A commission appointed by Gov. Harry Hughes to rewrite state condominium laws has voted to restrict local control over condominiums and leave regulaton in the hands of the state -- a position that is certain to spark a divisive debate on the issue during the next 10 weeks of the General Assembly.

Friday night's vote by the condominium commission was actively opposed by the governor and several local governements, including Montgomery County. As is true elsewhere in the area, particularly in the District, conversions in Montgomery County have led to a rental housing crisis and the government has passed numerous laws in attempt to deal with the problem.

Both Hughes and Montgomery County spent weeks lobbying the commission members to draw up legislation that would give local governments the ability to control condominium conversions in order to meet local conditions. However, in work sessions and public hearings over the last few weeks, most commission members indicdated a preference for uniform statewide laws.

This position was actiively supported by the state's powerful real estate lobby, which maintained that local laws are frequently too tenant-oriented and were difficult and expensive to conform to because they varied so much between jurisdictions.

Although the panel adopted final recommendations Friday night, State Sen. Jerome Connell (D-Anne Arundel), the commission chairman, said after the meeting that the issue was not over. "Both sides to some extent were unhappy," Connell said. "This is a very difficult, very emotional subject and it's certainly not over, as far as the legislature is concerned."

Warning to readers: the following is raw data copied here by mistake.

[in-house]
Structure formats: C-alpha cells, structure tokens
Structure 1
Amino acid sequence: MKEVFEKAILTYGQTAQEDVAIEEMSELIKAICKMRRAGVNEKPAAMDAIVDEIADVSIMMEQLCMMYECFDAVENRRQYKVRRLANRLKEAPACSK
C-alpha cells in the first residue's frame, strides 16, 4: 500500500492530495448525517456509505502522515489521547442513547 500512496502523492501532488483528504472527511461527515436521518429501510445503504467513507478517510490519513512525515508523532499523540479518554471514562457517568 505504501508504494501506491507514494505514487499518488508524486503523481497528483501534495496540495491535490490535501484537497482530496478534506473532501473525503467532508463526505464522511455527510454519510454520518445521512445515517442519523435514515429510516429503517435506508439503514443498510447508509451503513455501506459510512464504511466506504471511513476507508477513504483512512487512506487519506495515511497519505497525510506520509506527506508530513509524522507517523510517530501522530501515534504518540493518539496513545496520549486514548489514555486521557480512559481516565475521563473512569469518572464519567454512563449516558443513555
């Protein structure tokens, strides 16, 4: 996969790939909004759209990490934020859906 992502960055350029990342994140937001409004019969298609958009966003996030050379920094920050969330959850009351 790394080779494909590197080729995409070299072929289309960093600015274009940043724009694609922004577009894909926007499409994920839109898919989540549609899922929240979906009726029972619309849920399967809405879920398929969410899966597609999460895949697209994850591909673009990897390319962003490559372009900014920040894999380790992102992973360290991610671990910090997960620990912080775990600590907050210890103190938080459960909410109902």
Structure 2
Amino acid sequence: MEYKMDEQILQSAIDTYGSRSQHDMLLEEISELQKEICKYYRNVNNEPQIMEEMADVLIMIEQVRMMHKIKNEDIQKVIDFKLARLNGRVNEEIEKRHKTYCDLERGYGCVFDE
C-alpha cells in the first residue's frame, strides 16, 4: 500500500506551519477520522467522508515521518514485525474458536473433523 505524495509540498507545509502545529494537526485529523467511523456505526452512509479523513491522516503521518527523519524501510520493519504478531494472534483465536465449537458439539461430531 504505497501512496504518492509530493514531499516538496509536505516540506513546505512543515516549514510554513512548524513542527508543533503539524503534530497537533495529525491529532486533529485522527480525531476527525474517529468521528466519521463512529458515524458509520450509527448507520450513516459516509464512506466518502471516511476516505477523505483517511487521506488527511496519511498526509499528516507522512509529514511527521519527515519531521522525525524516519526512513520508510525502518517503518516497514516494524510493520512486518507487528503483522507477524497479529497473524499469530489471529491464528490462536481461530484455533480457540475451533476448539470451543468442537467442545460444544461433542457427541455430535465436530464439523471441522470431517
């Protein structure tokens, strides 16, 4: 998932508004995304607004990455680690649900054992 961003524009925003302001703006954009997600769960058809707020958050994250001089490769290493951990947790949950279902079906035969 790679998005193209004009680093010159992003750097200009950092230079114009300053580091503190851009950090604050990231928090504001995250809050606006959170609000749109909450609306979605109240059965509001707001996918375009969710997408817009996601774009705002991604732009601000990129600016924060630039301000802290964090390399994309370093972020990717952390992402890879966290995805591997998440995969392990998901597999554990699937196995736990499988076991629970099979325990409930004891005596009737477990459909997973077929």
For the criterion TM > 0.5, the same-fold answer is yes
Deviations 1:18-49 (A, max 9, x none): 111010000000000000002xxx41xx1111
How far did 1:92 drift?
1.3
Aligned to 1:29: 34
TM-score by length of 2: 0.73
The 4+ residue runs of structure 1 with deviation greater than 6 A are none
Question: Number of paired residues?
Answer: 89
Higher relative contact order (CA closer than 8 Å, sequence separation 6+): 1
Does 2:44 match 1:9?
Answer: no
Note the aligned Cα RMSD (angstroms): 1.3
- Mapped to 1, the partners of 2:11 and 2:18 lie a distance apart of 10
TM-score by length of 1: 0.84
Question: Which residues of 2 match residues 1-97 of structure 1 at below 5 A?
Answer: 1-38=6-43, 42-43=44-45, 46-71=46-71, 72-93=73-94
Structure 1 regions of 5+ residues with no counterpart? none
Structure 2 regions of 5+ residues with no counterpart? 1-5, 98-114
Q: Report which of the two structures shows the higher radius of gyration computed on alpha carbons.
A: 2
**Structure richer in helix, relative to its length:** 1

Nor, apparently, is the issue over for Hughes. According to an aide, the governor is unlikely to support the legislation proposed by his commission and may ask it to reconsider some of the recommendations. It is possible that Hughes will submit his own condominium law proposals to the legislature or support a bill being drafted by Montgomery County officails that will provide only general state laws on the matter and let local jurisdictions enact specific regulations.

"The governor feels as he always has that these things [condominium conversion laws] should be left to the counties . . . ," said John Griffin, a Hughes aide who had shuttled between the legislators on the commission during the last few days in an effort to work out a compromise.

Montgomery county officials say the recommended legislation adopted by the commission Friday night would be "disastrous" for Montgomery County, where in the last year 10 percent of the county's renters were told that their apartments were being converted.

The county has been legislatively active in trying to control conversions, but was recently told by the state's highest court that state law bars local regulation of the matter and therefore some of its condominium laws were illegal. As a result, local officials turned to the condominium commission.

In particular, Montgomery wanted to be able to pass local laws giving it the right to declare a condominium moratorium, set aside an unlimited number of units in converted projects that would remain apartments and buy a building proposed for conversion before it was sold to anyone else.

The commission agreed only to give local jurisdictions the right to set aside units for persons they felt were "disadvantaged." However, the commission limited the set-aside provision to only 20 percent.